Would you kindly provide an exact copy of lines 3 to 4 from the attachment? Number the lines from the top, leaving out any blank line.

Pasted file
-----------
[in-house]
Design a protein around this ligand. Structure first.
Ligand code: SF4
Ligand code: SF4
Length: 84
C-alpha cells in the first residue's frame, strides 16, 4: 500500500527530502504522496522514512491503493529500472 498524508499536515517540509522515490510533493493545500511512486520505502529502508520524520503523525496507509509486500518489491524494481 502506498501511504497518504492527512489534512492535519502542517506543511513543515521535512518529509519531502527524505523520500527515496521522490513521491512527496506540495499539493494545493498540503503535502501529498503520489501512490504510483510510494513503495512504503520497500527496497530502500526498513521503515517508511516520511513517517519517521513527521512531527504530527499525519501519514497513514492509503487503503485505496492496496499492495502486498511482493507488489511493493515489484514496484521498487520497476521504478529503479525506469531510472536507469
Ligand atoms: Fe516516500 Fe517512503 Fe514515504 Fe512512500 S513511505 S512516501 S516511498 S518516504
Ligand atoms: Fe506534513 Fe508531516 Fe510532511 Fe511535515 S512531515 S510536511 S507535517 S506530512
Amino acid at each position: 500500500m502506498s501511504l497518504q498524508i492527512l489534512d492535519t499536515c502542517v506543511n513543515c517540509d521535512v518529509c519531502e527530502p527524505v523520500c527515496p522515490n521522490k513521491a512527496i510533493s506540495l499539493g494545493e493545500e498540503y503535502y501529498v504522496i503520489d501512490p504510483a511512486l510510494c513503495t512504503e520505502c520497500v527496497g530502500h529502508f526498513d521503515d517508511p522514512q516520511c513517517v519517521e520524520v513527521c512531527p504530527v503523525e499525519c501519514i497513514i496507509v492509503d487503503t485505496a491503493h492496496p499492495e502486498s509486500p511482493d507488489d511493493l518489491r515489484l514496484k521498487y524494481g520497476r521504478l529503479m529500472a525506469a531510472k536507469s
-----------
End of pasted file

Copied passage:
Ligand code: SF4
Ligand code: SF4